The default permissions for newly created files and directories are set by the umask environment variable. The file's owner and root can change the permissions.
If you don't need to use chmod in your app, then leave it in your disable list. They way you should look at security is: Many people smarter than me have now make chmod one of the more secure parts of my application. Therefore, I will spend my available time making the other parts secure.
Making your application read-only, on the server, is ok to do if you automate it. When you make changes to your application code, it's going to make things very difficult for you though. At some point, you will go back and forth, making some code changes and testing them on the server... and then forgot to reset your file/directory permissions back to read only.
If you only have 1 user account on your production machine, I would just stick with the default permissions- things are probably managed for you. Or you can remove group and "other" permissions, as described below.
A typical production setup, would be to have an application group that you belong to. You also want a separate user for running your php application. Keep full permissions for the owner and group, and remove all permissions from "other". This way:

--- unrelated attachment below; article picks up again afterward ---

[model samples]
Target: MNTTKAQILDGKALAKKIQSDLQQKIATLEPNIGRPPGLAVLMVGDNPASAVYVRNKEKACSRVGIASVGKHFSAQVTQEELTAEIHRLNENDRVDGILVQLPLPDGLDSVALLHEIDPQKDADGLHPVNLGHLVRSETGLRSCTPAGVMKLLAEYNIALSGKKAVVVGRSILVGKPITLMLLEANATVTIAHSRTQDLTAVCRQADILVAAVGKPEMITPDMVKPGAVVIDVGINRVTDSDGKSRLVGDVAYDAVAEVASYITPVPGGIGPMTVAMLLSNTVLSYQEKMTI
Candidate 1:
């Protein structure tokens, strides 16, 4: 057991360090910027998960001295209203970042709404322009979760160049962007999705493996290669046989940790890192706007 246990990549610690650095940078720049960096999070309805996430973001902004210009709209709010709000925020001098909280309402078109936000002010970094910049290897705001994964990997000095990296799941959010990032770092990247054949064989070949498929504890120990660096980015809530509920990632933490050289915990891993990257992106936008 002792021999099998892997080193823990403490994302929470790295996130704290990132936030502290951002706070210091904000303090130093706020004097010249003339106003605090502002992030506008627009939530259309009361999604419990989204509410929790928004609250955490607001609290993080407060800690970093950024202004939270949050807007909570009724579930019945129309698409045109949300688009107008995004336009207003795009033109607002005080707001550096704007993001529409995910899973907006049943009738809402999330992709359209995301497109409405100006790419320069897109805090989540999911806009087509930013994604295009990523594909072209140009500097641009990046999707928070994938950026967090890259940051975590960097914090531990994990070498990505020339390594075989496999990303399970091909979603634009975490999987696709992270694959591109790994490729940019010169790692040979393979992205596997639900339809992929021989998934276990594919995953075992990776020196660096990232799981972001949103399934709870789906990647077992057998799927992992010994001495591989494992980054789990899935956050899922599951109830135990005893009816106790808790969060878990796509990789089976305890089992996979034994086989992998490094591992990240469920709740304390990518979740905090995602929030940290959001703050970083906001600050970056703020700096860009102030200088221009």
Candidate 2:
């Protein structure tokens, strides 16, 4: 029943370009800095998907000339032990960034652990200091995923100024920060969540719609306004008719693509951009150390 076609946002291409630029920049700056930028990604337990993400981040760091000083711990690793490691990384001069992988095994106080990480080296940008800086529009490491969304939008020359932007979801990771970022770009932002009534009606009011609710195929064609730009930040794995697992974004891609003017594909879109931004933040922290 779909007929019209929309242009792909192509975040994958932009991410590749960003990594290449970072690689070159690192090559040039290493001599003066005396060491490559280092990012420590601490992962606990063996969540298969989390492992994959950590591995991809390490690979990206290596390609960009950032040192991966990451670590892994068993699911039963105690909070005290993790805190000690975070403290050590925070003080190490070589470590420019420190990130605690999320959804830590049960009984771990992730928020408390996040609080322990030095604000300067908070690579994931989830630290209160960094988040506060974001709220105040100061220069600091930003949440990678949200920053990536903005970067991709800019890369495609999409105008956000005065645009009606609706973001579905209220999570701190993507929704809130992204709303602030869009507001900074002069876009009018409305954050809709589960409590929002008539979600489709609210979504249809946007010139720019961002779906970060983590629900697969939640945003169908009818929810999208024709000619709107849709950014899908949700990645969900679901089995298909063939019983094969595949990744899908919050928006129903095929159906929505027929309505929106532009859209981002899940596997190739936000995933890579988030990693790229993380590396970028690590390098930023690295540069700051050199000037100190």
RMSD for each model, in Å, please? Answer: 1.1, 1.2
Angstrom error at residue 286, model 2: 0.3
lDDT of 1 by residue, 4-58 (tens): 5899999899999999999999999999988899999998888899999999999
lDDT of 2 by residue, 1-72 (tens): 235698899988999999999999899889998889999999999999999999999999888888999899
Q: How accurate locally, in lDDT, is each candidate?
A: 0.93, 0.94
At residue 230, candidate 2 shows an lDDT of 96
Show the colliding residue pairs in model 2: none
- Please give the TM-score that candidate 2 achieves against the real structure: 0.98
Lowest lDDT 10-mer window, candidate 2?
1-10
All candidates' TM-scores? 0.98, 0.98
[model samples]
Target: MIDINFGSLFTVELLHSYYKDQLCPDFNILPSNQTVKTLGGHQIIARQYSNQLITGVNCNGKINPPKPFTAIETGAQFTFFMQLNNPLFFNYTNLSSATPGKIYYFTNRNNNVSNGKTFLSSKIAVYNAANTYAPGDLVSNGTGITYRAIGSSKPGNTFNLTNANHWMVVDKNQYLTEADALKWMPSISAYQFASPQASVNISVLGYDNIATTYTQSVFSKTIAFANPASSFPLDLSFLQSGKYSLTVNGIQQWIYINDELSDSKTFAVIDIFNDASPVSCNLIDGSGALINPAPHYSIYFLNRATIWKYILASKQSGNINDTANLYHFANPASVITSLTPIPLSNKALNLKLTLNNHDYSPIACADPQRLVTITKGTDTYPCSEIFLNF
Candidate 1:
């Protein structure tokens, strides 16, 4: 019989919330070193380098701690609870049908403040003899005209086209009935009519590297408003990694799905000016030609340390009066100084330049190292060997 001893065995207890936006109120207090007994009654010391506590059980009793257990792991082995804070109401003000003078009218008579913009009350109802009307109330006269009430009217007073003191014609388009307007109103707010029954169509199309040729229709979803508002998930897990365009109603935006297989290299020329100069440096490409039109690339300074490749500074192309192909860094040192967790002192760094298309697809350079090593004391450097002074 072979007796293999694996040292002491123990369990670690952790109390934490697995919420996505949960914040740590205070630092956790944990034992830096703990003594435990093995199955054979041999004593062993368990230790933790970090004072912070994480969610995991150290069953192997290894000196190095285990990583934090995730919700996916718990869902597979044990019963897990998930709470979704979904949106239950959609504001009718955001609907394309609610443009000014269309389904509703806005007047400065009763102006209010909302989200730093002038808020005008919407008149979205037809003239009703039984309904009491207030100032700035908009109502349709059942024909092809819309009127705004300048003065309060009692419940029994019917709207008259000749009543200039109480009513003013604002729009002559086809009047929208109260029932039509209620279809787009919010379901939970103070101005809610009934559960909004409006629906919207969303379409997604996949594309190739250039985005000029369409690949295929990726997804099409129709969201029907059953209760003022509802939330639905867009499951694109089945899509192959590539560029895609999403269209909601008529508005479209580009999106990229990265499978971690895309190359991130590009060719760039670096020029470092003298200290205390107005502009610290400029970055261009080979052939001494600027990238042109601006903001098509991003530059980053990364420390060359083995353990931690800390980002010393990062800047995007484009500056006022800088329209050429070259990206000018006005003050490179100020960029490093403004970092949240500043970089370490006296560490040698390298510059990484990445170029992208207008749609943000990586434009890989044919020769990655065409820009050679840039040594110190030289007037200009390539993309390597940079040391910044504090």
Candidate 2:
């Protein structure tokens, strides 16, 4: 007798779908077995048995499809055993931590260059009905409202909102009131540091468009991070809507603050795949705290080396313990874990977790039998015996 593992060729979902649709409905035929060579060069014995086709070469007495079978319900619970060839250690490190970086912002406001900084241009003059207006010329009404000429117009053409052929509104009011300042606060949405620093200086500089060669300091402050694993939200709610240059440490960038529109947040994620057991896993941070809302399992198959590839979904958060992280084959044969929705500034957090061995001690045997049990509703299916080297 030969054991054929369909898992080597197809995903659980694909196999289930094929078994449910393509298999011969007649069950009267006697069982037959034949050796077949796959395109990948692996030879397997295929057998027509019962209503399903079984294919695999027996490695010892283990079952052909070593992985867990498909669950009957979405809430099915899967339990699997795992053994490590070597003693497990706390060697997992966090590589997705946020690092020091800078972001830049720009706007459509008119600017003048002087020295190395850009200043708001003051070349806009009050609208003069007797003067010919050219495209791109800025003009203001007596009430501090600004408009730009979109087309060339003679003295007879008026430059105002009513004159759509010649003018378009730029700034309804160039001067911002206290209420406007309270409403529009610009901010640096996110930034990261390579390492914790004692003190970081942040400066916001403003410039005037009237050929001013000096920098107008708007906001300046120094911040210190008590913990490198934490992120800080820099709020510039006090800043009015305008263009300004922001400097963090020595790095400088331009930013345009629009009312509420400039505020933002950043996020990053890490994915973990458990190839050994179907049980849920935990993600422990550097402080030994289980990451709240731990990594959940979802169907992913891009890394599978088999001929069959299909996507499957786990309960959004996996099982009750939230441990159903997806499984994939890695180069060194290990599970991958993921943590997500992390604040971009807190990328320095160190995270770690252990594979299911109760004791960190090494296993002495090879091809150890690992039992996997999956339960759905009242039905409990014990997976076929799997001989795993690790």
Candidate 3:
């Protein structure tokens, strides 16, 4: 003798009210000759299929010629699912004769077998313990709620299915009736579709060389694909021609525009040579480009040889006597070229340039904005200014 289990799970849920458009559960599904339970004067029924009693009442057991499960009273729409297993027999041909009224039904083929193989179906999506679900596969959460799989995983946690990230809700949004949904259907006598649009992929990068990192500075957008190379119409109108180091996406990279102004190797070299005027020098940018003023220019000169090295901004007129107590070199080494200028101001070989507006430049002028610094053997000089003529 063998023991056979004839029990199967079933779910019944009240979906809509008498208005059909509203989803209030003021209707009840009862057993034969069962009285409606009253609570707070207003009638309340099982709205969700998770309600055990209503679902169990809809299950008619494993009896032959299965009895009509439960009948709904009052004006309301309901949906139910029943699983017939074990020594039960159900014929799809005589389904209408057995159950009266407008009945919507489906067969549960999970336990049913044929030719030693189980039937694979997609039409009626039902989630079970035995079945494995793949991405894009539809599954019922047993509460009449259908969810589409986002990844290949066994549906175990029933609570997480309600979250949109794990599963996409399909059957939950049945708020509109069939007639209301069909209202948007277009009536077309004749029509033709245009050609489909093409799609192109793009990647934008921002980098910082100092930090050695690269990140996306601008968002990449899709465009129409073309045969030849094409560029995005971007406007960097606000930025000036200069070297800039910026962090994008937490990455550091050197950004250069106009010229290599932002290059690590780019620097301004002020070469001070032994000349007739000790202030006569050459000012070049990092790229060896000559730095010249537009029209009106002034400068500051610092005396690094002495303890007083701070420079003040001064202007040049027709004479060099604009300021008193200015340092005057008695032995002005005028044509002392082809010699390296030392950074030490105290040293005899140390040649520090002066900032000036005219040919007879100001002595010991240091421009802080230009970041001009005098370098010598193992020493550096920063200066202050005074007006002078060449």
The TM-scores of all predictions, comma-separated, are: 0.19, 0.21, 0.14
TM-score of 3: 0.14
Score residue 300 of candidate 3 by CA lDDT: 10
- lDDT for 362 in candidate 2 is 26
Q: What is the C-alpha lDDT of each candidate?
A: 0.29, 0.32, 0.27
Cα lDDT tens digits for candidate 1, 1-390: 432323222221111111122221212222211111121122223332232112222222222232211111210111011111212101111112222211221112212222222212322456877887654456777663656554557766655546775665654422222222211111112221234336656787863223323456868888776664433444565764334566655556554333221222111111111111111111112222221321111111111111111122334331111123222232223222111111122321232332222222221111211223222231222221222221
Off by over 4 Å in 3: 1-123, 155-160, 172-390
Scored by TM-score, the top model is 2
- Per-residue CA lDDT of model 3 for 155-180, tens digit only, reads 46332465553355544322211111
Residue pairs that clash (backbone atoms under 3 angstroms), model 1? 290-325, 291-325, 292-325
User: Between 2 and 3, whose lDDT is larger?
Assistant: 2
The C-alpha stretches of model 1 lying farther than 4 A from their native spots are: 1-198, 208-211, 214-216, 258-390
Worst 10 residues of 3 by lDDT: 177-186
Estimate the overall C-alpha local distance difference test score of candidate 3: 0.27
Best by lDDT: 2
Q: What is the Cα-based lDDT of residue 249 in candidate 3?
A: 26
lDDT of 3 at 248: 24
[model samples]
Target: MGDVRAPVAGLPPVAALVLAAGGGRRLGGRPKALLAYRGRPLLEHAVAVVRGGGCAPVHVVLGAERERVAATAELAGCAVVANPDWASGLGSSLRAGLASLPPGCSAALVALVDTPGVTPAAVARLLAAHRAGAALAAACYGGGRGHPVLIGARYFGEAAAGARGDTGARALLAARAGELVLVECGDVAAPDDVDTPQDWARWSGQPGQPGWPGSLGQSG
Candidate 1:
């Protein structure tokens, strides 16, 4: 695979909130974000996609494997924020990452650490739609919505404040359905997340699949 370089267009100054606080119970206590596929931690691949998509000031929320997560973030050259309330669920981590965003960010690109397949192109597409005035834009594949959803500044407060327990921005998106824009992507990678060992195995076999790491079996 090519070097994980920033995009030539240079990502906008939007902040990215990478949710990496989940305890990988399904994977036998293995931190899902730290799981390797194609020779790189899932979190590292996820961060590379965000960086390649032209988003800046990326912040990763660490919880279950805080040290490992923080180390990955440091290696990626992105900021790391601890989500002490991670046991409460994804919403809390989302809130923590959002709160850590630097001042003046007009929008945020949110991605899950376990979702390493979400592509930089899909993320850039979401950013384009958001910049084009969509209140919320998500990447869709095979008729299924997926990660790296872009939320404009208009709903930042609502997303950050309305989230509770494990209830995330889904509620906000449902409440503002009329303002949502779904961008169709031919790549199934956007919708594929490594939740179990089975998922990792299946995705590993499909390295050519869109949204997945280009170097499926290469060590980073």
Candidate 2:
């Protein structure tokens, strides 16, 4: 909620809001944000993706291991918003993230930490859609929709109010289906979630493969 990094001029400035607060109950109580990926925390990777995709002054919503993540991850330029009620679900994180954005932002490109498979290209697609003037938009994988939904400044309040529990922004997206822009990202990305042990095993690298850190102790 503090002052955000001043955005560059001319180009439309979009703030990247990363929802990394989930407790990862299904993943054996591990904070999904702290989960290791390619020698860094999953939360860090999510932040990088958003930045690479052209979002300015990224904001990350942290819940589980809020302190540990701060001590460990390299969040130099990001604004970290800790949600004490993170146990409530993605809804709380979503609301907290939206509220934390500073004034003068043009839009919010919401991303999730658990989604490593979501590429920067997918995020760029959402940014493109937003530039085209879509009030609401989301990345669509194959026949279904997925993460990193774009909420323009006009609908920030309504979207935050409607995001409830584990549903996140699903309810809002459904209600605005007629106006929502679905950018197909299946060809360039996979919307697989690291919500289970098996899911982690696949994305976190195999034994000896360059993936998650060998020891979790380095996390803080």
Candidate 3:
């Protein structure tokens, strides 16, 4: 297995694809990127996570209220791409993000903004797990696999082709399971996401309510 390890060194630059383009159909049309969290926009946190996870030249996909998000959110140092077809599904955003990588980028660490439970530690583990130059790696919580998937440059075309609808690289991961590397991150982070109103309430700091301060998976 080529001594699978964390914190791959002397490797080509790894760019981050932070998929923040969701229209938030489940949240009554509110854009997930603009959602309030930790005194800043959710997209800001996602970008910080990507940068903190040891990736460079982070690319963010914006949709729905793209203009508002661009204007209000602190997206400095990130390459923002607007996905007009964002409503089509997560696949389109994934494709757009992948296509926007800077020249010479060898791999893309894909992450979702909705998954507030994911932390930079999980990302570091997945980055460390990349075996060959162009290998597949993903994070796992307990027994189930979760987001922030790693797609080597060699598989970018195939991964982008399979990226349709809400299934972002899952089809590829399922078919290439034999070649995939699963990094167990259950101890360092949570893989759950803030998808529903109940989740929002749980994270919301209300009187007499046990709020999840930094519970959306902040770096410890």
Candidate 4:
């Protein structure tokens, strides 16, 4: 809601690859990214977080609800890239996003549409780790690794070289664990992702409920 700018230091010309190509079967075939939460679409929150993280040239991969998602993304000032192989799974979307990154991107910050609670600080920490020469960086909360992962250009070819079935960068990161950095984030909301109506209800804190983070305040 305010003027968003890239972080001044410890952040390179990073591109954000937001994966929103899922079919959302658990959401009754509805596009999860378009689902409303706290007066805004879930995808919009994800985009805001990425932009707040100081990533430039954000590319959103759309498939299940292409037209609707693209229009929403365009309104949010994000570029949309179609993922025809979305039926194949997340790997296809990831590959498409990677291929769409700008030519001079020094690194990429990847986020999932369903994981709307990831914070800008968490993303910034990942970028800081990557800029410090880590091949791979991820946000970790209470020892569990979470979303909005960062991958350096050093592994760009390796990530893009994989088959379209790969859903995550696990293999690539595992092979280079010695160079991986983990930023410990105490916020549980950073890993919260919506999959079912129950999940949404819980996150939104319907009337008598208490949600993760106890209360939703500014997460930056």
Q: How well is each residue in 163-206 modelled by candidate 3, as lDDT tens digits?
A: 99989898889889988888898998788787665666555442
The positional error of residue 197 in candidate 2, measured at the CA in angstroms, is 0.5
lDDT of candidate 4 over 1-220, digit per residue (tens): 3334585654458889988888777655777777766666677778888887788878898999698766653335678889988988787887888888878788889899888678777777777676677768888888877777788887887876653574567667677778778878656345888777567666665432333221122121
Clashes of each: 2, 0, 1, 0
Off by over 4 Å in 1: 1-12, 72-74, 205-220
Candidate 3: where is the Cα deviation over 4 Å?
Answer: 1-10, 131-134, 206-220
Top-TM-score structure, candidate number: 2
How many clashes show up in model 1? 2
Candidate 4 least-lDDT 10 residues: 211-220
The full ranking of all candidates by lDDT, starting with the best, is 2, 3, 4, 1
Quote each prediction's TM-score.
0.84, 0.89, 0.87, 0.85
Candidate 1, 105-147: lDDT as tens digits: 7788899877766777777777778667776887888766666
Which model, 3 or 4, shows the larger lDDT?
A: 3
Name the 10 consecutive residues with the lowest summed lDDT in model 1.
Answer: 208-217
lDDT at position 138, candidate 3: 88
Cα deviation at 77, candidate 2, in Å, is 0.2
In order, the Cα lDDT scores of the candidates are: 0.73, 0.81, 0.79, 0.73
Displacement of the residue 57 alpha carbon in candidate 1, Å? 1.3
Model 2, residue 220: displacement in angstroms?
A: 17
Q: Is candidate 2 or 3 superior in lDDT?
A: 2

- Developers keep their individual logins - you can track who did what when.
- You and other developers can copy new code to the server.
- The application can run the code.
- The application can not access anything outside the code.
- No other users else can see your code.
I'm guessing it's someone else's job to manage your production server? They will spend time to make sure no one can login and poke around. While you do need to make sure no one can run operating system commands, I think the best place to start is to learn about xss. The default php server settings should be ok. The least secure part of the application, is the part only you have seen.